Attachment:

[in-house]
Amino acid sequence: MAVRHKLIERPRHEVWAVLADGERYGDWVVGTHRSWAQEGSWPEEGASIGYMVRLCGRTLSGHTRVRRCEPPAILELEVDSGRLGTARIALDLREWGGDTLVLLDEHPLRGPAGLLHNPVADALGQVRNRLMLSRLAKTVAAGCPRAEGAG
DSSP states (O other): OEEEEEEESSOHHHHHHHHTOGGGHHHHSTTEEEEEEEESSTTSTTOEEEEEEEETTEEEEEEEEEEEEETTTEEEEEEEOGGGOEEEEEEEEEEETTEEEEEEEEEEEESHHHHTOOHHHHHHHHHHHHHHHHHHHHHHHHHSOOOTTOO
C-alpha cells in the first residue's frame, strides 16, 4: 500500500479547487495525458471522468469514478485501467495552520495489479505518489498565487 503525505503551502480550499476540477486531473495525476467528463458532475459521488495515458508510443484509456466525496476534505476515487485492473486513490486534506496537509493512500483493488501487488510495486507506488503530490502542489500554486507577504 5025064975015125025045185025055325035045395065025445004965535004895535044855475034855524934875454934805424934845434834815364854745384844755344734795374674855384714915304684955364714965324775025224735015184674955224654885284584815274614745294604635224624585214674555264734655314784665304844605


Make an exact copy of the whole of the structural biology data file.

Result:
[in-house]
Amino acid sequence: MAVRHKLIERPRHEVWAVLADGERYGDWVVGTHRSWAQEGSWPEEGASIGYMVRLCGRTLSGHTRVRRCEPPAILELEVDSGRLGTARIALDLREWGGDTLVLLDEHPLRGPAGLLHNPVADALGQVRNRLMLSRLAKTVAAGCPRAEGAG
DSSP states (O other): OEEEEEEESSOHHHHHHHHTOGGGHHHHSTTEEEEEEEESSTTSTTOEEEEEEEETTEEEEEEEEEEEEETTTEEEEEEEOGGGOEEEEEEEEEEETTEEEEEEEEEEEESHHHHTOOHHHHHHHHHHHHHHHHHHHHHHHHHSOOOTTOO
C-alpha cells in the first residue's frame, strides 16, 4: 500500500479547487495525458471522468469514478485501467495552520495489479505518489498565487 503525505503551502480550499476540477486531473495525476467528463458532475459521488495515458508510443484509456466525496476534505476515487485492473486513490486534506496537509493512500483493488501487488510495486507506488503530490502542489500554486507577504 5025064975015125025045185025055325035045395065025445004965535004895535044855475034855524934875454934805424934845434834815364854745384844755344734795374674855384714915304684955364714965324775025224735015184674955224654885284584815274614745294604635224624585214674555264734655314784665304844605